LONDON Feb 20 (Reuters) - Anoro, a combination drug for chronic obstructive pulmonary disease (COPD) developed by GlaxoSmithKline and Theravance, has received the green light from European regulators, the companies said on Thursday.
The medicine is a combination of umeclidinium, a long-acting muscarinic antagonist that helps lung function, and vilanterol, a long-acting beta agonist that opens the airways, in a single inhaler.
The drug, in a different strength formulation, was approved by regulators in the United States and Canada in December 2013.
It is expected to generate annual sales of about $2.65 billion by 2018, Thomson Reuters data showed when it received U.S. approval.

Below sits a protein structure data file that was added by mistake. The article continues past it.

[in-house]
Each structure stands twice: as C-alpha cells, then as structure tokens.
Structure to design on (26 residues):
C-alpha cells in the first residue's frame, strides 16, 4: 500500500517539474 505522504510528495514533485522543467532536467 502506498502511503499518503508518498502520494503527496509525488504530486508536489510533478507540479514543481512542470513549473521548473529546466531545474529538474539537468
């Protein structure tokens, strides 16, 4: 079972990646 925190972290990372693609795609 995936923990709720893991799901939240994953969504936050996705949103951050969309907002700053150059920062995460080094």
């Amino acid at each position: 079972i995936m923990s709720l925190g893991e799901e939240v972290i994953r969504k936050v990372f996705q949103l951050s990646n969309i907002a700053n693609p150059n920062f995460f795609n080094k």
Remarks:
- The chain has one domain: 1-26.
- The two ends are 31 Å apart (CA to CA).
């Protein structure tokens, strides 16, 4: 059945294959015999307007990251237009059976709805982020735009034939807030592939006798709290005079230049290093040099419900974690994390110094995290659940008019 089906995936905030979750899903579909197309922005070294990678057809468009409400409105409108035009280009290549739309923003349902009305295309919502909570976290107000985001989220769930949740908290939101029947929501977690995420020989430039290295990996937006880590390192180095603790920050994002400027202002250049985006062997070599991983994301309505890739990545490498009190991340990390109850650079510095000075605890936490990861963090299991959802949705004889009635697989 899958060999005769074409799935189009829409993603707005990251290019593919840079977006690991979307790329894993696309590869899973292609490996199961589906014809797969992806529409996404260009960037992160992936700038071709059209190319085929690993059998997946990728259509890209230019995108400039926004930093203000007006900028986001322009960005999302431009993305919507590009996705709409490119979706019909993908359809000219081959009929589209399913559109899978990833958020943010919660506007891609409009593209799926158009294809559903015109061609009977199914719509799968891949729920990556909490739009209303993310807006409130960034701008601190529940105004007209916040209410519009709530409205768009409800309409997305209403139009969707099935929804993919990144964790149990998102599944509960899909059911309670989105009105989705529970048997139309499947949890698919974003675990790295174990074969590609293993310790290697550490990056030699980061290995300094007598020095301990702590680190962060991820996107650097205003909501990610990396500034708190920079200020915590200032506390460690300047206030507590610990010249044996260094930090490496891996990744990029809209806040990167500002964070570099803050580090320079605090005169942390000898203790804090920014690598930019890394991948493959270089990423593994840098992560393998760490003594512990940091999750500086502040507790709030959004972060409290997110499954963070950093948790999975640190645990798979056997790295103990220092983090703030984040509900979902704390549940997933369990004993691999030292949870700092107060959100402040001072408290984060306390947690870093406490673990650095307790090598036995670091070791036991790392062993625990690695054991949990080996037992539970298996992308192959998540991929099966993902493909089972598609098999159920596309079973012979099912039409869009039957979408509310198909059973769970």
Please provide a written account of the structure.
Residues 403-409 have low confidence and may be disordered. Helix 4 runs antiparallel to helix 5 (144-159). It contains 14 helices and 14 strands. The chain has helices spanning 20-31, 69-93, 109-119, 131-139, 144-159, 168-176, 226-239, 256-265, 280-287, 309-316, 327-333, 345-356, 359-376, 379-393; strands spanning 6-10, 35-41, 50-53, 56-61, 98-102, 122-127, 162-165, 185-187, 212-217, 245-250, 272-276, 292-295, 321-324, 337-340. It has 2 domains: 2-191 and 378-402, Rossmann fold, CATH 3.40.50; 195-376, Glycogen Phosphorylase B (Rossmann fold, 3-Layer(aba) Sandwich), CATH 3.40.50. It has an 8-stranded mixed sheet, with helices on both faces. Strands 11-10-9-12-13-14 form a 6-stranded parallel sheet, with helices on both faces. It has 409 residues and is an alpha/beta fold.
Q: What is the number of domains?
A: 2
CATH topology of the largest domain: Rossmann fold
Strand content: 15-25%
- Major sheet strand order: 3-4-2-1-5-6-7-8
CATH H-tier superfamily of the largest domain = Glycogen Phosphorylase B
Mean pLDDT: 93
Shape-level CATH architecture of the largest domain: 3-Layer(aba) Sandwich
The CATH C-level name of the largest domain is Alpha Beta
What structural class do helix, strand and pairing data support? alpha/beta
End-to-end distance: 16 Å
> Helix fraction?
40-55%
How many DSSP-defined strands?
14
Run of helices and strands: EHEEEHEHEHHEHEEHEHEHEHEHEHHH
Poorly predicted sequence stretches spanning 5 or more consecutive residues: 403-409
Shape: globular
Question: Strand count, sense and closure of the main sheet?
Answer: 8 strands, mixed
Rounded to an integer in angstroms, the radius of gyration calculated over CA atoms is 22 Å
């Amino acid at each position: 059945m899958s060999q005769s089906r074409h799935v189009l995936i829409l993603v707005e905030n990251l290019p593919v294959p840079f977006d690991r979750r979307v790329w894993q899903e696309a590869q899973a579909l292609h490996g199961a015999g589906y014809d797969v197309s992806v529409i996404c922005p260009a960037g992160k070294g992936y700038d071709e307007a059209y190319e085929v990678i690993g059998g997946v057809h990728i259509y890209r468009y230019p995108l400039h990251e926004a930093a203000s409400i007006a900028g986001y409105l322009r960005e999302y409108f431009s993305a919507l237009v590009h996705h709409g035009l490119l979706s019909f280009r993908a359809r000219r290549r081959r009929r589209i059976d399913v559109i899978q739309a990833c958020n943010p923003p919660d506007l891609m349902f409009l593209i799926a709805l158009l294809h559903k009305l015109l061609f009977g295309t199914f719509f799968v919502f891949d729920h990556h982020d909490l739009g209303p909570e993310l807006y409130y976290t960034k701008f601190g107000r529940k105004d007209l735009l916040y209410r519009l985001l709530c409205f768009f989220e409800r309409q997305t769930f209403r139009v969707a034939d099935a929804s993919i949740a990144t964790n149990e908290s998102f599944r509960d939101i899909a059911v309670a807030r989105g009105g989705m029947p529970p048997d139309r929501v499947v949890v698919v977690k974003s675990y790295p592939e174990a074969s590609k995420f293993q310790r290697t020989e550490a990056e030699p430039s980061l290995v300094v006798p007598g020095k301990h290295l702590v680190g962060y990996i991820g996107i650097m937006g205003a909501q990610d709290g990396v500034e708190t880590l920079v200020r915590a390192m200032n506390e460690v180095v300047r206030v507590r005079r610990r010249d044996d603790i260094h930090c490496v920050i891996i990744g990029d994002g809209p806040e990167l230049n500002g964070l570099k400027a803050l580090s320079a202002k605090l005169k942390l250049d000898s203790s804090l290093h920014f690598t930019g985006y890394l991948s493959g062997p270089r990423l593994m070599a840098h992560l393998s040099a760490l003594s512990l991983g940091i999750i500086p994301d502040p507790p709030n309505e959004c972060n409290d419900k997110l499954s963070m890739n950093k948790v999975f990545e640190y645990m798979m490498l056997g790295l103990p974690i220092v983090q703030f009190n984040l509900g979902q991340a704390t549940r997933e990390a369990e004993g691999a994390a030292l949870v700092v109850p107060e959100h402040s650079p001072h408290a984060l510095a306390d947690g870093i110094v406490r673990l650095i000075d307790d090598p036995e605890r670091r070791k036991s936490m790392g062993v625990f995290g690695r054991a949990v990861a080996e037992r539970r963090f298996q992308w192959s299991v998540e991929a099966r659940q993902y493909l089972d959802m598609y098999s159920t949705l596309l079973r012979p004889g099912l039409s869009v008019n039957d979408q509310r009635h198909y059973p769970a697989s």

The British company said later on Thursday that umeclidinium had also been recommended for approval as a monotherapy for the same condition.
Marketed under the brand name Incruse, like Anoro it is designed as a once-daily, maintenance treatment for COPD, a disease which typically affects smokers.
Some of the data submitted for both drugs came from the same trials, GSK said.
Recommendations for marketing approval from the European Medicines Agency are usually followed by the granting of full marketing authorisation by the European Commission within months.
Respiratory drugs are a major franchise for GSK. Advair, its market leading lung drug, makes up a fifth of its sales but it is already facing competition from generic versions in Europe.
Chief Executive Andrew Witty said earlier this month that the launch of new drugs such as Anoro would help it stay ahead of rivals in respiratory medicine.